In fact, the American Cancer Society encourages physical activity during and after treatment, noting that exercise can provide numerous physical and mental benefits. The bottom line is that sport plays a beneficial role in fighting cancer.
A prime example would be breast cancer.Recent studies have shown that the risk of developing breast cancer is reduced by up to 20 percent by staying active. Likewise, the risk of relapse is also much less in women who play a sport or exercise regularly. An exercise routine of just three hours per week would reduce the risk of recurrence by 20 percent. For women who exercise or play a sport for nine hours each week, the rate rises to 50 percent.
There are significant benefits to exercise. The side effects of treatment can be better tolerated, as well as a reduction in tiredness and pain. Sports and exercise are an effective way to reduce stress and combat anxiety, and it helps to strengthen joints and muscle.
What Sports Are Best For You?
For many cancer patients, doctors advise walking as an excellent way to get some exercise. Beyond walking, what and how much you should do depends on several things.
For example, if you were very active before your cancer diagnosis, there is a good chance you can keep up much of your usual exercise routine when you feel up to it. If you were not physically active before your cancer diagnosis, you should talk to your doctor before you begin an exercise program. It would help if you got the OK from your medical team that your exercise plan is appropriate for your current level of fitness.
When You Have Cancer, Exercise And Sport Should Be Supervised
Personalized programs can be developed based on your age, condition, and medical history. It’s important to have support as a cancer patient in regaining control over your body. Your therapist must have a good understanding of the disease’s impact that the exercise can have. Work closely with your doctor and physical therapist.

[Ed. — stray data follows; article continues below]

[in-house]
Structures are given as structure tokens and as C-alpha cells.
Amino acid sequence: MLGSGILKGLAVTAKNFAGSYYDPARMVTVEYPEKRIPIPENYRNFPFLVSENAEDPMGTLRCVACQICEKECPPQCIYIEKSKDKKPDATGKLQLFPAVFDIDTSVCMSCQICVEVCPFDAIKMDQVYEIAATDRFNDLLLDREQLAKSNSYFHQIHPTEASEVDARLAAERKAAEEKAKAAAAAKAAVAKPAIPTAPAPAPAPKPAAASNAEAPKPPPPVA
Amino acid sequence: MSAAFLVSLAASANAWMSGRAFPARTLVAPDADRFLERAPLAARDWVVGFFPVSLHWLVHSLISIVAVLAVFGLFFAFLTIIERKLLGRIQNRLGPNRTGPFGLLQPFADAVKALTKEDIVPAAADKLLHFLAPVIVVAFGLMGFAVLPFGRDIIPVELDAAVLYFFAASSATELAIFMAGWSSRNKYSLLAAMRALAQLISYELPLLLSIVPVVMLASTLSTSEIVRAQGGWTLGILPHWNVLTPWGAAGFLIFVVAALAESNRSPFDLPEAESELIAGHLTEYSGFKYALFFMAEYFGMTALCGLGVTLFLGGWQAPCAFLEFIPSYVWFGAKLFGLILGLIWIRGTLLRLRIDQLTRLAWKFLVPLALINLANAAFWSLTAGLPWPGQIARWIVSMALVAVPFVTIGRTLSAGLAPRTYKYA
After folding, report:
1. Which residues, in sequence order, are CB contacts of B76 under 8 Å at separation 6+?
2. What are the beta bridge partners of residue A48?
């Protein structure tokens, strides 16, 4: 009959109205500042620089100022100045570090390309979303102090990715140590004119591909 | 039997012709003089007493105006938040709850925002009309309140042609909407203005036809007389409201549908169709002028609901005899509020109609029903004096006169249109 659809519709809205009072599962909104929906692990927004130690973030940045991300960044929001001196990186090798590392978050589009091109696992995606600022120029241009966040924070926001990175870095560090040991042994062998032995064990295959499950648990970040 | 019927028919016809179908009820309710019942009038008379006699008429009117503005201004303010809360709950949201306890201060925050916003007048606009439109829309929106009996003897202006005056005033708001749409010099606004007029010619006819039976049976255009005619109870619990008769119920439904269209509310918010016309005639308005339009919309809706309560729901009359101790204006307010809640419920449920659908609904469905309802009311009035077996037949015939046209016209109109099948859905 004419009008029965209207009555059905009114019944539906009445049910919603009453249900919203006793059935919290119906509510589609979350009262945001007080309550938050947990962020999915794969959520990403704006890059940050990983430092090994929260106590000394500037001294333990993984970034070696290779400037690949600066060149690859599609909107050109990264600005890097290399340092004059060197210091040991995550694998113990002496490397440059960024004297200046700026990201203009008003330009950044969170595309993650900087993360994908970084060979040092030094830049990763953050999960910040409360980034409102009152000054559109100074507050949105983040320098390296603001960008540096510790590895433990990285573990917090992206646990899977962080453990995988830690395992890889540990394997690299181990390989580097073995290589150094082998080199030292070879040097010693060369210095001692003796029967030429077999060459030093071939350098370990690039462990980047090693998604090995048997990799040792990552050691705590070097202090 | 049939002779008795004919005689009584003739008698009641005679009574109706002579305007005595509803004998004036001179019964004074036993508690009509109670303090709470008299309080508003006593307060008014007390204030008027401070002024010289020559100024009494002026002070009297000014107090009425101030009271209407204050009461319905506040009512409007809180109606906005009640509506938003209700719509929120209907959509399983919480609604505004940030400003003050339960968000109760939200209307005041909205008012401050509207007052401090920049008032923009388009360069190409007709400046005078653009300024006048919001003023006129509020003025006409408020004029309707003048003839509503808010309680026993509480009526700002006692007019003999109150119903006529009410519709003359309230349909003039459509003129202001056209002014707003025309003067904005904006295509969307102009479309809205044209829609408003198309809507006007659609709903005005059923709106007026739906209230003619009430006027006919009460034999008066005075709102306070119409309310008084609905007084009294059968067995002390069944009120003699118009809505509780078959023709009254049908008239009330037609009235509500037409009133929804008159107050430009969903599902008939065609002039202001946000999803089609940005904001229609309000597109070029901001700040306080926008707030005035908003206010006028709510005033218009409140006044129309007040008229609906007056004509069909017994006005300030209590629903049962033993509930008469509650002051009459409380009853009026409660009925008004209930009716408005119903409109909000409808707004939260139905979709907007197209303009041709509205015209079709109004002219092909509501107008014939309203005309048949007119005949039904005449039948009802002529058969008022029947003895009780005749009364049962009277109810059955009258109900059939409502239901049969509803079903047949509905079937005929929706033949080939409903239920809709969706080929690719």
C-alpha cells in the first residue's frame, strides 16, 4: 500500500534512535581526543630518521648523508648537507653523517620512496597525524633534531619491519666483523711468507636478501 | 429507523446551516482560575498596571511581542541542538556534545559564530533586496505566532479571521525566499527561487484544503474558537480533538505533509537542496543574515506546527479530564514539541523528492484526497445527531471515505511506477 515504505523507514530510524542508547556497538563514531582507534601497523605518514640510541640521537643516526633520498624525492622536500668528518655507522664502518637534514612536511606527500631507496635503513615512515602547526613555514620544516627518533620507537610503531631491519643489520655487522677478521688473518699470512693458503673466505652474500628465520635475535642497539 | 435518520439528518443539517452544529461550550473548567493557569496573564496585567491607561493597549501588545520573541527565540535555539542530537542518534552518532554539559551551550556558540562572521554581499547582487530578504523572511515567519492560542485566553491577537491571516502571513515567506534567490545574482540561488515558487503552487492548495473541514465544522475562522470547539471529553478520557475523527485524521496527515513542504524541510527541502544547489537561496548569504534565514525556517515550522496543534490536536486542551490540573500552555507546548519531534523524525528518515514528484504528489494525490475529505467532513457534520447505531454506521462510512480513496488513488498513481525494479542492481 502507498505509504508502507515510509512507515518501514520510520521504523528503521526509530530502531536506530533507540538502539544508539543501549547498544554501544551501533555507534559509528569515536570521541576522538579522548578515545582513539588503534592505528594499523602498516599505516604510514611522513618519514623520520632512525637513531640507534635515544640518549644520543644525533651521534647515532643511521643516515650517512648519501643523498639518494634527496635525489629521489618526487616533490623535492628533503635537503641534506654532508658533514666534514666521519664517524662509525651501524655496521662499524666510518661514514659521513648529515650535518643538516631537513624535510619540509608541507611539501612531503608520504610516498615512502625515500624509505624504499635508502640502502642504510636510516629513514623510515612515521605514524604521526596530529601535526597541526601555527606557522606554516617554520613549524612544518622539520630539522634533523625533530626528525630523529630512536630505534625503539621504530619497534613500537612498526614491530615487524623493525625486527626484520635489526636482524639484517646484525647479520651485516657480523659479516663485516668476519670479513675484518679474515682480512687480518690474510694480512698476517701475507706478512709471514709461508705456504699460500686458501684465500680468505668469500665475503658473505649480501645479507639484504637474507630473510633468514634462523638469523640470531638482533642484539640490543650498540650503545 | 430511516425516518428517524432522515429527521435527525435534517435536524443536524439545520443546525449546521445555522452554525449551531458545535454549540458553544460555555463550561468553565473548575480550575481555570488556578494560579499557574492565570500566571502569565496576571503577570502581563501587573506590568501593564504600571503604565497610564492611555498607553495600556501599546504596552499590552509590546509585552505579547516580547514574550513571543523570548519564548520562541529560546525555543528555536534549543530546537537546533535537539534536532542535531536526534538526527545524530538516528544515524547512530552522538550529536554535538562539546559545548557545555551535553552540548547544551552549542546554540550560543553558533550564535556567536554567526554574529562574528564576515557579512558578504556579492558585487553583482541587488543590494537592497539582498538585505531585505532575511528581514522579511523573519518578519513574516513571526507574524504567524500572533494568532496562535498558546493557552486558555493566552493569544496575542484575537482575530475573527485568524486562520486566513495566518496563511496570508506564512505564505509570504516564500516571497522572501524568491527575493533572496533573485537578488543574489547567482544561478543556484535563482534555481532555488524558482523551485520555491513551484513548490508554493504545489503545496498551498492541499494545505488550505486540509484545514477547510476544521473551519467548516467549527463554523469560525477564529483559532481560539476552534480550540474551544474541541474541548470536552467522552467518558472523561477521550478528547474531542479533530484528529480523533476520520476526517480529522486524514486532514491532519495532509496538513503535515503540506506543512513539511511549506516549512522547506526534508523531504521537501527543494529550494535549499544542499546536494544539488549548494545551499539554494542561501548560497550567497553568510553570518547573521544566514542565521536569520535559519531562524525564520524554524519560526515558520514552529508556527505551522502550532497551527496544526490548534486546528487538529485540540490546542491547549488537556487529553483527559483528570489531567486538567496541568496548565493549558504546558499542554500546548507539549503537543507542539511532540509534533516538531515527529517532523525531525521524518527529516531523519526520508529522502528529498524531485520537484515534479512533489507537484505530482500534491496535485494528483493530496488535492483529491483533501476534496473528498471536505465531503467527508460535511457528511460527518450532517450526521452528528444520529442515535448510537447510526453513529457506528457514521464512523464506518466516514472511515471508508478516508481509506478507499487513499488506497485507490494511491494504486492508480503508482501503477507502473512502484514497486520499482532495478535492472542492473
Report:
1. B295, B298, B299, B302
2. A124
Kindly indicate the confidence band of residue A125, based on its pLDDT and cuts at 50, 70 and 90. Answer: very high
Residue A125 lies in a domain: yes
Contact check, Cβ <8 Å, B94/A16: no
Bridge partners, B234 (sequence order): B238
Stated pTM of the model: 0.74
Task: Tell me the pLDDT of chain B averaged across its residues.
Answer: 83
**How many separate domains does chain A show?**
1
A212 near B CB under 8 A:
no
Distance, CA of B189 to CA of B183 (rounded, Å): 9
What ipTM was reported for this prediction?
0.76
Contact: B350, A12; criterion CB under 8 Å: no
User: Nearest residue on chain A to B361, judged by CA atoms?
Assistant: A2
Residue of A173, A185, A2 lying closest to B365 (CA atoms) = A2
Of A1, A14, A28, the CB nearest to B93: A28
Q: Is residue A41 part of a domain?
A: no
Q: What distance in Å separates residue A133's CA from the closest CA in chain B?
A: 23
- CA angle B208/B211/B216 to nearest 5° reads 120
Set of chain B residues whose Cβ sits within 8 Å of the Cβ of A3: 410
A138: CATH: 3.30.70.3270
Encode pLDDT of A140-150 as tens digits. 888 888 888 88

It is also essential to keep in mind other conditions you may have, such as diabetes or heart issues, as they may affect the types and amount of exercise right for you. As a general rule, walking is good for nearly everyone. If you haven’t been particularly active, begin with short walks and build yourself up.
Of course, an ever-popular sport among cancer patients involves hitting a golf ball while taking that walk. After all, every golfer also knows that golf is nothing more than a walk spoiled by a small, white ball.
As much as it is exercise, golf can also serve as a refuge, as much as it is restorative when it comes to cancer patients. Golf is a natural fit for particular challenges in cancer recovery, even beyond the physical benefit. Even more so than other activities, golf promotes conversation and camaraderie, giving both the exercise and some support structure. Keep in mind, however, that if your blood pressure is an issue, and unless you’re a master with the sand wedge, try and keep it in the fairway or as they say in the golf world, take a mulligan!
Our Sports Recommendations
We recommend exercise that involves symmetrical movements, such as walking, swimming, and cycling.
Symmetrical movements are safe and healthy for the spine. At our clinic, we have a mini-trampoline for our patients, which is beneficial for the lymphatic system. We would caution patients not to drain themselves.
We need energy to heal. So do exercises with the purpose of:
- getting your circulation going
- boosting your energy levels
- producing healthy and happy hormones
- better digestion
- better sleep
… there are so many reasons to make sure moderate exercise is a part of your health regime!
Just don’t wear yourself out, pushing yourself to build muscle.
So whether you’re looking to head to the course, take a walk or head out on the bicycle, be sure that while working toward regaining control over your body, it is vital to have a good understanding of the disease’s mechanisms and the impact exercise can have.
Additional read: How To Build A Brand New Body In Just 12 Months
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